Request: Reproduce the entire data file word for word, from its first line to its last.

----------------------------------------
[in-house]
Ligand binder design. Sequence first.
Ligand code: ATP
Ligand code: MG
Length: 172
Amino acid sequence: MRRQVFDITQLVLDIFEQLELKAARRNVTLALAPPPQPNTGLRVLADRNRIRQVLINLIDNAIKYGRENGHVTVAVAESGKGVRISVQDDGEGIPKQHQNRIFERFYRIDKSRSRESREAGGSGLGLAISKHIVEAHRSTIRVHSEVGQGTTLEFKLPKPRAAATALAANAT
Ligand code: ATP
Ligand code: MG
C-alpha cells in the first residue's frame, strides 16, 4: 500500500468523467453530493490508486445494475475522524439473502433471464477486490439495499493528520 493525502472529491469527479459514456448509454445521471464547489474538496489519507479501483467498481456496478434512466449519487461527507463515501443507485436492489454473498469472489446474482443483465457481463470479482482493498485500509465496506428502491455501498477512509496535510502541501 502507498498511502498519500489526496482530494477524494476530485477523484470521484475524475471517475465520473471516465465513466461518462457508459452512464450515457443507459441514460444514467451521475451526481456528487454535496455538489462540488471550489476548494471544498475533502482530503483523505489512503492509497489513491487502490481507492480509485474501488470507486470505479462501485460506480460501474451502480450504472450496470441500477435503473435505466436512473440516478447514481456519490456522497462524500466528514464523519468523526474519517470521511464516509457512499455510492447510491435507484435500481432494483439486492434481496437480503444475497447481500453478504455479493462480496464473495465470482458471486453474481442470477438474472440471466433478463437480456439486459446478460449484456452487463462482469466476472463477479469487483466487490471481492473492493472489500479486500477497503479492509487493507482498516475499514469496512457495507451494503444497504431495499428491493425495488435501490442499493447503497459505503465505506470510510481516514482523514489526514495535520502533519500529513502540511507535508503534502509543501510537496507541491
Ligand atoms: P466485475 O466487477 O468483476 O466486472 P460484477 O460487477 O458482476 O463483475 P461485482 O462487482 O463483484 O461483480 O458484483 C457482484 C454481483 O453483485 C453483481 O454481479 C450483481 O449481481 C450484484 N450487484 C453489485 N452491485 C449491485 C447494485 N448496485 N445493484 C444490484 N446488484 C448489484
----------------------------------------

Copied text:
[in-house]
Ligand binder design. Sequence first.
Ligand code: ATP
Ligand code: MG
Length: 172
Amino acid sequence: MRRQVFDITQLVLDIFEQLELKAARRNVTLALAPPPQPNTGLRVLADRNRIRQVLINLIDNAIKYGRENGHVTVAVAESGKGVRISVQDDGEGIPKQHQNRIFERFYRIDKSRSRESREAGGSGLGLAISKHIVEAHRSTIRVHSEVGQGTTLEFKLPKPRAAATALAANAT
Ligand code: ATP
Ligand code: MG
C-alpha cells in the first residue's frame, strides 16, 4: 500500500468523467453530493490508486445494475475522524439473502433471464477486490439495499493528520 493525502472529491469527479459514456448509454445521471464547489474538496489519507479501483467498481456496478434512466449519487461527507463515501443507485436492489454473498469472489446474482443483465457481463470479482482493498485500509465496506428502491455501498477512509496535510502541501 502507498498511502498519500489526496482530494477524494476530485477523484470521484475524475471517475465520473471516465465513466461518462457508459452512464450515457443507459441514460444514467451521475451526481456528487454535496455538489462540488471550489476548494471544498475533502482530503483523505489512503492509497489513491487502490481507492480509485474501488470507486470505479462501485460506480460501474451502480450504472450496470441500477435503473435505466436512473440516478447514481456519490456522497462524500466528514464523519468523526474519517470521511464516509457512499455510492447510491435507484435500481432494483439486492434481496437480503444475497447481500453478504455479493462480496464473495465470482458471486453474481442470477438474472440471466433478463437480456439486459446478460449484456452487463462482469466476472463477479469487483466487490471481492473492493472489500479486500477497503479492509487493507482498516475499514469496512457495507451494503444497504431495499428491493425495488435501490442499493447503497459505503465505506470510510481516514482523514489526514495535520502533519500529513502540511507535508503534502509543501510537496507541491
Ligand atoms: P466485475 O466487477 O468483476 O466486472 P460484477 O460487477 O458482476 O463483475 P461485482 O462487482 O463483484 O461483480 O458484483 C457482484 C454481483 O453483485 C453483481 O454481479 C450483481 O449481481 C450484484 N450487484 C453489485 N452491485 C449491485 C447494485 N448496485 N445493484 C444490484 N446488484 C448489484